An expert on the American gaming scene, Maurice “Mac” VerStandig is well-versed in casino management from common issues of fraud and theft prevention to the Unlawful Internet Gambling Enforcement Act and Indian Gaming Regulatory Act. With a strong background in bankruptcy work, VerStandig is also skilled in the strategic valuation and monetizing of complex assets, and applies that knowledge to all areas of his practice, from fraud recoveries to traditional insolvency proceedings. Here, Verstandig offers his opinion on why Congress has been dealt a new online poker hand with Rep. Joe Barton's Internet Poker Freedom Act of 2013.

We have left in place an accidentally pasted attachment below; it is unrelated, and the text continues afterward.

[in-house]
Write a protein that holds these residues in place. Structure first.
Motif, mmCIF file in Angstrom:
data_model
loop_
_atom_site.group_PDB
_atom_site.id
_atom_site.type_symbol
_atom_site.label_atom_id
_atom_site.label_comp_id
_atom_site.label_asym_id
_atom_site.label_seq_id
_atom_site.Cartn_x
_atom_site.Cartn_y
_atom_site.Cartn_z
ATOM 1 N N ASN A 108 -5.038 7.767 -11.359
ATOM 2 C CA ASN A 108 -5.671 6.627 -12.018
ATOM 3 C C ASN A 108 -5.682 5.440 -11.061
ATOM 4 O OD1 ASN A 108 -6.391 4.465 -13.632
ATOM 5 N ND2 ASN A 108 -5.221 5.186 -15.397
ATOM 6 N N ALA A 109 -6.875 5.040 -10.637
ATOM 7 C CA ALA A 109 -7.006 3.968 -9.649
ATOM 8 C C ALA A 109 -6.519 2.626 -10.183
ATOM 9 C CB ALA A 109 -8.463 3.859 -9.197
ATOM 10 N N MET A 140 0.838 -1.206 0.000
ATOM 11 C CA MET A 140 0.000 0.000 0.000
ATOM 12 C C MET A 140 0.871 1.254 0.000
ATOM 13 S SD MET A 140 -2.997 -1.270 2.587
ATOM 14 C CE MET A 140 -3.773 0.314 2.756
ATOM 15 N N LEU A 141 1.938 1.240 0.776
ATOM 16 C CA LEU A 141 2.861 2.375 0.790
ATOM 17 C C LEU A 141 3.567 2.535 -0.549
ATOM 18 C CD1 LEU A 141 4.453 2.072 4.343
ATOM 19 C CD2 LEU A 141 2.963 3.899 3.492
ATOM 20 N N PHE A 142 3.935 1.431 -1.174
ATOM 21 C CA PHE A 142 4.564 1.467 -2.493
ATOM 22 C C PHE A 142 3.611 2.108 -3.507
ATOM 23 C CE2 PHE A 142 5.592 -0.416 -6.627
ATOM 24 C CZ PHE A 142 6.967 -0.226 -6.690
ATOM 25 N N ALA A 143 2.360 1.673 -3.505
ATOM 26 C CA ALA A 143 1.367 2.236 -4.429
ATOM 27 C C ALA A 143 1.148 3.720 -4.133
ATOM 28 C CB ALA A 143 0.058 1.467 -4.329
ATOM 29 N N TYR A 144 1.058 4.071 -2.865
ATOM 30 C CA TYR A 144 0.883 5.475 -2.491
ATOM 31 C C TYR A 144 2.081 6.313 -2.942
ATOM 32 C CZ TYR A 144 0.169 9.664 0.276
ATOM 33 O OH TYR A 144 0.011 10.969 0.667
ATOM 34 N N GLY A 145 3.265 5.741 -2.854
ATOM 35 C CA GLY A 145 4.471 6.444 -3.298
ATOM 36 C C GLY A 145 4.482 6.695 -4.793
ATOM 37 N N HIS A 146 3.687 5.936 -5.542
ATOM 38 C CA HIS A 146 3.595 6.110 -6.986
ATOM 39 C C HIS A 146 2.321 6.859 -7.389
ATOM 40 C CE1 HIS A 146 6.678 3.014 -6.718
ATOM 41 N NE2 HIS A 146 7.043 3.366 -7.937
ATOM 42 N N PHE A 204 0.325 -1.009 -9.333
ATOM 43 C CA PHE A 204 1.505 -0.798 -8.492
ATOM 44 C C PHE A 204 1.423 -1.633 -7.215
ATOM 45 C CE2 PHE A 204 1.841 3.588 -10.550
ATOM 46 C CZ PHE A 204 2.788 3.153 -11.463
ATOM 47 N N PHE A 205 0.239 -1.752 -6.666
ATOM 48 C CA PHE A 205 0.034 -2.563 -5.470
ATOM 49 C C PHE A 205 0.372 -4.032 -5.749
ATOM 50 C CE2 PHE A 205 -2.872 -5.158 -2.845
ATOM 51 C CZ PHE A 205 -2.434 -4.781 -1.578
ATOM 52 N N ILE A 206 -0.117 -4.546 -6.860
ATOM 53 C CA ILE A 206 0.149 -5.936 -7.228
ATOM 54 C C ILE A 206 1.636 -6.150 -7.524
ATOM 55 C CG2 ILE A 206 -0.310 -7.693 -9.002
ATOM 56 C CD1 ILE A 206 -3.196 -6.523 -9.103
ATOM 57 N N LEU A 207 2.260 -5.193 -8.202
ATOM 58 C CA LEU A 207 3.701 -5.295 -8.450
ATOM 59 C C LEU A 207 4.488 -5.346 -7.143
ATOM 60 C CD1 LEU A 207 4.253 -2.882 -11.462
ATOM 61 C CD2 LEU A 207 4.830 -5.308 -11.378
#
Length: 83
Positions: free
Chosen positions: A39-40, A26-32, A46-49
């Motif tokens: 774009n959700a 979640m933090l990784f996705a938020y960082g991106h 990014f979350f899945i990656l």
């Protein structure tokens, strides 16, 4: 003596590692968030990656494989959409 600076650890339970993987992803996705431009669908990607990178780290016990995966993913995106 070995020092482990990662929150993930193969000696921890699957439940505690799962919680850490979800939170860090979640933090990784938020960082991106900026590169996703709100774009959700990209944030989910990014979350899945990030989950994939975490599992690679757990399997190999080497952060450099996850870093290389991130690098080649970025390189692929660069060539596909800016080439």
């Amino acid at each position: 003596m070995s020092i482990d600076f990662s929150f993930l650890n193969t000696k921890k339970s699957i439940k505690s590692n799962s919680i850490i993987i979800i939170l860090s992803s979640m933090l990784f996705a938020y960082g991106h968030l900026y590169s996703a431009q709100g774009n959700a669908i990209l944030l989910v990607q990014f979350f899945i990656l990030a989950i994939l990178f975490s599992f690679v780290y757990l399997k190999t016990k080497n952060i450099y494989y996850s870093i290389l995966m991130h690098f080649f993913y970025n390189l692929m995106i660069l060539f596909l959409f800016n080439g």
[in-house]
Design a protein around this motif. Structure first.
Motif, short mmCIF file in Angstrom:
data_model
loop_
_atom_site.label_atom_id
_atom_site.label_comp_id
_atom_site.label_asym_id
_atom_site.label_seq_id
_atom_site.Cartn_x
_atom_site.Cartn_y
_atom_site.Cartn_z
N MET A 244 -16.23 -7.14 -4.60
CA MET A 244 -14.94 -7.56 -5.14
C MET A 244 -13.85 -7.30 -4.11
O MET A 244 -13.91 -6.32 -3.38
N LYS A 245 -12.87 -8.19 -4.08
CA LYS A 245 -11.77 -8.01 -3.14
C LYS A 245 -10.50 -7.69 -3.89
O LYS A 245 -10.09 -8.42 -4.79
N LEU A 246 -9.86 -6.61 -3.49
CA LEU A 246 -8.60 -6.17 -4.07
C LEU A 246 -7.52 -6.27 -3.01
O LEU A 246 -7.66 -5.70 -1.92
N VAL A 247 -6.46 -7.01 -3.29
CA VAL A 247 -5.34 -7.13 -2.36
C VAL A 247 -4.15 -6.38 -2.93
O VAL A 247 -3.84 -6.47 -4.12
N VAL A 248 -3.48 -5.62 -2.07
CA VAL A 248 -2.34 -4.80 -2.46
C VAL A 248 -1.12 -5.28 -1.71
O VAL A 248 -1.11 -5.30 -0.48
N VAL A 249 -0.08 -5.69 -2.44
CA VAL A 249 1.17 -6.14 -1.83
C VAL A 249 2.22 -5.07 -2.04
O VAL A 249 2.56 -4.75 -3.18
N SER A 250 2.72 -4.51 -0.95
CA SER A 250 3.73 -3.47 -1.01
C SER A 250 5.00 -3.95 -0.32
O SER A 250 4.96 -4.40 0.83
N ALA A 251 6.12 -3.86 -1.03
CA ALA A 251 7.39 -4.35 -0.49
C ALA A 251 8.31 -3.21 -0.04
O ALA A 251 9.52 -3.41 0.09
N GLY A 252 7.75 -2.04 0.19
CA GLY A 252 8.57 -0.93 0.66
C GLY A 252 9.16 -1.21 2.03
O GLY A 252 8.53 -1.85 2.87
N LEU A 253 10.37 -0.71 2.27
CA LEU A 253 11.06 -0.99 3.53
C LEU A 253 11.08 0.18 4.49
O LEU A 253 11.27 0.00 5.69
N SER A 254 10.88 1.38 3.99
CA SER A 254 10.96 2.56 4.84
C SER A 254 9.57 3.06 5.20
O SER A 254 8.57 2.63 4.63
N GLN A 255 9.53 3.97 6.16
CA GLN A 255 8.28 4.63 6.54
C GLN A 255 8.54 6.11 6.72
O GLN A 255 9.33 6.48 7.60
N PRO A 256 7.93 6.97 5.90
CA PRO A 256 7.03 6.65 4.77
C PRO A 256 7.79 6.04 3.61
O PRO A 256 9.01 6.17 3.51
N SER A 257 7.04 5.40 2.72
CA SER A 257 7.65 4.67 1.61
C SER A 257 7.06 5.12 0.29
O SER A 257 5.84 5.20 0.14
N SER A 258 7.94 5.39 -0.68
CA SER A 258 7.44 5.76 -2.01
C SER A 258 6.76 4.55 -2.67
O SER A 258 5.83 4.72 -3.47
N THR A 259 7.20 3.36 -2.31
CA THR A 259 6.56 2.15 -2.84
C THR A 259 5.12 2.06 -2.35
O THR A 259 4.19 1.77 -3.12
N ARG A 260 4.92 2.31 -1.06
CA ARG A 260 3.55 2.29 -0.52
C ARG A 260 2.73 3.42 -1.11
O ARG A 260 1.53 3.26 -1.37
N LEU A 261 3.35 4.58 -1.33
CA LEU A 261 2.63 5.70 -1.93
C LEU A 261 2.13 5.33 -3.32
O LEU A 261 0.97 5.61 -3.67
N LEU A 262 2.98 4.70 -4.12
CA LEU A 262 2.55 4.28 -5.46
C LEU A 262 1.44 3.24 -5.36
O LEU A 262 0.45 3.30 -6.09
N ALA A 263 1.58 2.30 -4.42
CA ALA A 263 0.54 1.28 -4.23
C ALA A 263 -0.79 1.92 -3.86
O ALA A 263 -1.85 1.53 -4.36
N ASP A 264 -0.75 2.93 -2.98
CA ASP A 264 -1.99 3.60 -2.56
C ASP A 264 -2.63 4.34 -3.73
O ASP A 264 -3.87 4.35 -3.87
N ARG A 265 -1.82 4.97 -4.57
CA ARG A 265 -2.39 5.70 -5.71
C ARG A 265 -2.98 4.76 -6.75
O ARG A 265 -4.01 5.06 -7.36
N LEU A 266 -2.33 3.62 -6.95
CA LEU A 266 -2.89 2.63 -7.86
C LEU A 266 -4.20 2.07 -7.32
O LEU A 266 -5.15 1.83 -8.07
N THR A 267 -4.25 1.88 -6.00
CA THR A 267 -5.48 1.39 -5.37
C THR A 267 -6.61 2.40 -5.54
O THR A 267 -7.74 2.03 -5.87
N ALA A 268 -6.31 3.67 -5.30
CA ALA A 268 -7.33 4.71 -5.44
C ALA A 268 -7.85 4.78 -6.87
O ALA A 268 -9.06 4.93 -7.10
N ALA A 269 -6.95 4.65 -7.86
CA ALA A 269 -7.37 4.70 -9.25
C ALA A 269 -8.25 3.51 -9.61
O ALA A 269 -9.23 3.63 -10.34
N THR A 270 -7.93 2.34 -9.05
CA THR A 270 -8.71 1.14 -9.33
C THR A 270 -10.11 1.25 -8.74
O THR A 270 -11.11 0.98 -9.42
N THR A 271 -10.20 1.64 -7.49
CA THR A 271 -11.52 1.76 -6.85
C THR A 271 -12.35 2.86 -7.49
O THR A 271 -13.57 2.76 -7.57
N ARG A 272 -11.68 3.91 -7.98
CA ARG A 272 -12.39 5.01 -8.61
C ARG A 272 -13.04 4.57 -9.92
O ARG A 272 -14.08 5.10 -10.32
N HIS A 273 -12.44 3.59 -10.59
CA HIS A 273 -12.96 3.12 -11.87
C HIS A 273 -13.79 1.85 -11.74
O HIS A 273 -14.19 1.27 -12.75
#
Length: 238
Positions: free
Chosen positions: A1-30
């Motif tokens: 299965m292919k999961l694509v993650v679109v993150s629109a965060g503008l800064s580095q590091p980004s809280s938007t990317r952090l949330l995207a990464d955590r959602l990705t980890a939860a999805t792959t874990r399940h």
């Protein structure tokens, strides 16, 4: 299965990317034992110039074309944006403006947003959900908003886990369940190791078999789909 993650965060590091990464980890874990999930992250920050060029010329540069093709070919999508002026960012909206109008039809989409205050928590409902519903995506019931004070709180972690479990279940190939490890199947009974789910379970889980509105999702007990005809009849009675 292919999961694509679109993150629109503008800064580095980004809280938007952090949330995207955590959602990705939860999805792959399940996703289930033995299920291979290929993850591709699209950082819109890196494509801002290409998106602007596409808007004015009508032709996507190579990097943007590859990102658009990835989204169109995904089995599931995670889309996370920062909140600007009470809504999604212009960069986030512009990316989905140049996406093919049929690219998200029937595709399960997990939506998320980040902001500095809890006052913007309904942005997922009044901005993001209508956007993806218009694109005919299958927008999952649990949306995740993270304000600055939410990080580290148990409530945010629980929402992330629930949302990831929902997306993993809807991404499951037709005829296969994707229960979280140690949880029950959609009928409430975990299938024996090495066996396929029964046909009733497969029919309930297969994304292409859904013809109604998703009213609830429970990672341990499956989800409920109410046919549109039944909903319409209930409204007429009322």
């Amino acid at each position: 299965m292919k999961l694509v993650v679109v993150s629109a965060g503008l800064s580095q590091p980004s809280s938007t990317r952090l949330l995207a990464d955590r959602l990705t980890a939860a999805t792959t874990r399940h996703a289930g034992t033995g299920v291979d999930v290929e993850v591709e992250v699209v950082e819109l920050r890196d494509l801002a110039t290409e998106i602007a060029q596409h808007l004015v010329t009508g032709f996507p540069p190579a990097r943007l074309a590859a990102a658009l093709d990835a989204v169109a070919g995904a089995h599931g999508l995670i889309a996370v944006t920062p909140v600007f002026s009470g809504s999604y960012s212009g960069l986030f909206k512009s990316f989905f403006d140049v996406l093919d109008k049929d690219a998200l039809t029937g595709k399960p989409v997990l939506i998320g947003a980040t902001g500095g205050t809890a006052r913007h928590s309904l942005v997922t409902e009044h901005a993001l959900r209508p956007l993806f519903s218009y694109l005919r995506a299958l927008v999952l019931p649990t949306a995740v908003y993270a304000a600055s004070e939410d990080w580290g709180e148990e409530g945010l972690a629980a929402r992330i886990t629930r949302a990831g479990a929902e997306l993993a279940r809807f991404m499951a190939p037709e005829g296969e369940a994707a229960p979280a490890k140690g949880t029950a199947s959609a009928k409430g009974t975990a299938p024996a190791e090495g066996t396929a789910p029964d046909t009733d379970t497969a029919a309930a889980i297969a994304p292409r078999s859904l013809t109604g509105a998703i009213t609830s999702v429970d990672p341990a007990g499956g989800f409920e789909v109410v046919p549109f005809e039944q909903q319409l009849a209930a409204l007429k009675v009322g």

As Rep. Joe Barton floats legislation aimed at bringing a regulatory framework to online poker in the United States, the ante-paying public is well advised to heed the ubiquitous warning of Schoolhouse Rock that today the Internet Poker Freedom Act of 2013 is “just a bill.” The caustic forces of Washington have long looked upon virtual deals of a deck with prohibitive scorn, and some seven years after passage of the Unlawful Internet Gambling Enforcement Act, this is certainly not the first time one of congress’ five-hundred thirty-five voting members has flirted with the soft allure of poker legislation.